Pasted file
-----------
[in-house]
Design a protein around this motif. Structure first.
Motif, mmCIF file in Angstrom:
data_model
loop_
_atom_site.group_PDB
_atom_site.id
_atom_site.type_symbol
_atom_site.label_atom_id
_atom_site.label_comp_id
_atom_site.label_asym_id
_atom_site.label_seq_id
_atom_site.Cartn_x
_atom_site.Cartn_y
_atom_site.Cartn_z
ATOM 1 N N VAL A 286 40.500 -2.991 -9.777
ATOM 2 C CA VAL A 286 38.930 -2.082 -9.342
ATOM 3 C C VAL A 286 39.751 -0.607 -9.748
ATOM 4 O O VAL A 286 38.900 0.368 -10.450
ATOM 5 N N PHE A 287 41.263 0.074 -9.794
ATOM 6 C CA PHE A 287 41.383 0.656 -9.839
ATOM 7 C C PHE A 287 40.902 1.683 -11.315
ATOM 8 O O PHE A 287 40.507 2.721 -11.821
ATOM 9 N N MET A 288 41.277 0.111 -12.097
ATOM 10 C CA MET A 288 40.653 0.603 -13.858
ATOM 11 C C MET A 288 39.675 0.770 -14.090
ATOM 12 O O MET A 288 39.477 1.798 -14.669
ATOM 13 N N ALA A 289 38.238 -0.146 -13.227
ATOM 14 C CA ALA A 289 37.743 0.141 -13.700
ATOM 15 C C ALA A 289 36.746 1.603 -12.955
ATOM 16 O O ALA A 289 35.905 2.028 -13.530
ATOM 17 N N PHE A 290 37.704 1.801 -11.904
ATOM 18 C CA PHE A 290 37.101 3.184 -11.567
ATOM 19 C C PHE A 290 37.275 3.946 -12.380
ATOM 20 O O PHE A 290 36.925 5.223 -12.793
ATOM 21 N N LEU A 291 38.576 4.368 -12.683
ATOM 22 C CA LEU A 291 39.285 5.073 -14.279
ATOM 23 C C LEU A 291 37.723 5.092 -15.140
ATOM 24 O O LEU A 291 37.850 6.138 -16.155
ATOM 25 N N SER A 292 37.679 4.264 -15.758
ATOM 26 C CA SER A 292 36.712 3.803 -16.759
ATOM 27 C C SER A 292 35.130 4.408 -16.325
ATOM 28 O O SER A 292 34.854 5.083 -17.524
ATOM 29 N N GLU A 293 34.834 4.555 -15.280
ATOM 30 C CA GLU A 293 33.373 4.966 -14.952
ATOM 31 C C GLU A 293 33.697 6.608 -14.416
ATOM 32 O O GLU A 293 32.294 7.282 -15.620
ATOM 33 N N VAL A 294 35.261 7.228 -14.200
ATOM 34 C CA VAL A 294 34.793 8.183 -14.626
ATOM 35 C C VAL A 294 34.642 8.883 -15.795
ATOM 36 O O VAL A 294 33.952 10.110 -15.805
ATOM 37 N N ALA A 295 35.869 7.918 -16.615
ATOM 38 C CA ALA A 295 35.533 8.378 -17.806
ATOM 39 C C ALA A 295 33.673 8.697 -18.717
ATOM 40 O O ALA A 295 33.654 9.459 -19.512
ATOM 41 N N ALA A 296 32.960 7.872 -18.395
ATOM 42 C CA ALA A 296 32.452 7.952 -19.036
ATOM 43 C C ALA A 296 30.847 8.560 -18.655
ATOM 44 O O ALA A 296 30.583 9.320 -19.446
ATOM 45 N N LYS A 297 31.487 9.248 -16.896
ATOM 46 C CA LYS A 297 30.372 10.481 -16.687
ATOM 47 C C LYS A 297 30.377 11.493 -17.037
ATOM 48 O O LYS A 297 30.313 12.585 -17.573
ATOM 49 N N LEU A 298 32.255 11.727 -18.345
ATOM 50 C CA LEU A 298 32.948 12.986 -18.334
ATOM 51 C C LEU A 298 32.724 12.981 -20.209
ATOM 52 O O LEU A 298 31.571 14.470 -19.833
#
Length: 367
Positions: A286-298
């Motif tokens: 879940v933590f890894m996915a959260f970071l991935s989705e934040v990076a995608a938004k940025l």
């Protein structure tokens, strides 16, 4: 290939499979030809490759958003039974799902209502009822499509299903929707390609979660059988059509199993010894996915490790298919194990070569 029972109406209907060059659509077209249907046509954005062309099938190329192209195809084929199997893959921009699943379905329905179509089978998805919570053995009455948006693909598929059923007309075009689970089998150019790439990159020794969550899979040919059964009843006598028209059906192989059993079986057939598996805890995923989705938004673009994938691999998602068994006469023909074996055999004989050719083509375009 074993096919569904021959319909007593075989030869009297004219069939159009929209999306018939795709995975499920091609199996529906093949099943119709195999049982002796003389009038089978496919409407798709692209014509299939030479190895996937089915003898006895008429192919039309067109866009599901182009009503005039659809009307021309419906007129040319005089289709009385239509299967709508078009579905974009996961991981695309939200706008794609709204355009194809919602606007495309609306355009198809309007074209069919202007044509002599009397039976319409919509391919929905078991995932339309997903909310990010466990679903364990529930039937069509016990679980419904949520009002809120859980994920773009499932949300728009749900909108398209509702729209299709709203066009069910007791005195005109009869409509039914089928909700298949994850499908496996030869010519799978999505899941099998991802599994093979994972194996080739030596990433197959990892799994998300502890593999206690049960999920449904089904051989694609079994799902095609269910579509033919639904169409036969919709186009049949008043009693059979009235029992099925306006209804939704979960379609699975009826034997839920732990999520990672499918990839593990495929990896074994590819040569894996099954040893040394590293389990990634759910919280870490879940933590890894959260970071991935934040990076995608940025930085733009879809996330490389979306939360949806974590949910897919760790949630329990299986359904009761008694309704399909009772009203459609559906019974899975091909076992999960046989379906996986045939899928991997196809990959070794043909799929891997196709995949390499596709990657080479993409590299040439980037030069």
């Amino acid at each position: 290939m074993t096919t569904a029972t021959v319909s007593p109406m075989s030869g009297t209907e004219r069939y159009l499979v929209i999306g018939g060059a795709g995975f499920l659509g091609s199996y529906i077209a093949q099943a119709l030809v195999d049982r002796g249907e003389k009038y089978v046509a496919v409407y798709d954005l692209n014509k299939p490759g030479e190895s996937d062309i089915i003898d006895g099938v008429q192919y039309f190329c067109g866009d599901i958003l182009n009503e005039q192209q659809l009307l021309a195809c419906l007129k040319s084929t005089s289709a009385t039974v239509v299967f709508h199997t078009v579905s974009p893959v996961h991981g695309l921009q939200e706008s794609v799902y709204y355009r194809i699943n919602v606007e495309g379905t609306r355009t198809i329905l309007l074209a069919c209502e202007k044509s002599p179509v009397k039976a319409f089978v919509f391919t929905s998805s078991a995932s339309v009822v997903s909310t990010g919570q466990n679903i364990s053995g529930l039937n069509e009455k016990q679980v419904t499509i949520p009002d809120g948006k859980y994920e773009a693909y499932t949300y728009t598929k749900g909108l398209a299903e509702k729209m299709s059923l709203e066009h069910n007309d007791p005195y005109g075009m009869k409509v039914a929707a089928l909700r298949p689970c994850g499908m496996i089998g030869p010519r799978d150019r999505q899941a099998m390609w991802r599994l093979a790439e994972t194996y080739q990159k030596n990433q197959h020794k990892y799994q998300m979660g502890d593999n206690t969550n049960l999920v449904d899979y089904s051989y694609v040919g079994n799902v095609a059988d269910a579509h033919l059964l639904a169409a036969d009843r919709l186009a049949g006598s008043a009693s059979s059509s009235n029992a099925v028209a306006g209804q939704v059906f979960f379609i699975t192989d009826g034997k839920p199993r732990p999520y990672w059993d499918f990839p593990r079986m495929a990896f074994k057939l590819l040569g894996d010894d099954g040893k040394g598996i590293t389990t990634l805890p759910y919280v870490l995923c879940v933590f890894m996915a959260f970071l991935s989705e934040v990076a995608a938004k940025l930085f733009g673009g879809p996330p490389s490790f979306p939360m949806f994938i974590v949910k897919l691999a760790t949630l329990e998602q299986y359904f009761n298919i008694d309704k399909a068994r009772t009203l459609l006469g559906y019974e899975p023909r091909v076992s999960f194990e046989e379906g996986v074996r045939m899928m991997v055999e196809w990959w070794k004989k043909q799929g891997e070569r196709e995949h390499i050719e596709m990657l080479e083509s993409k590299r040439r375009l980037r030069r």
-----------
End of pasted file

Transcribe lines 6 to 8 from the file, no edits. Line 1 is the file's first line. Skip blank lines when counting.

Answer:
_atom_site.group_PDB
_atom_site.id
_atom_site.type_symbol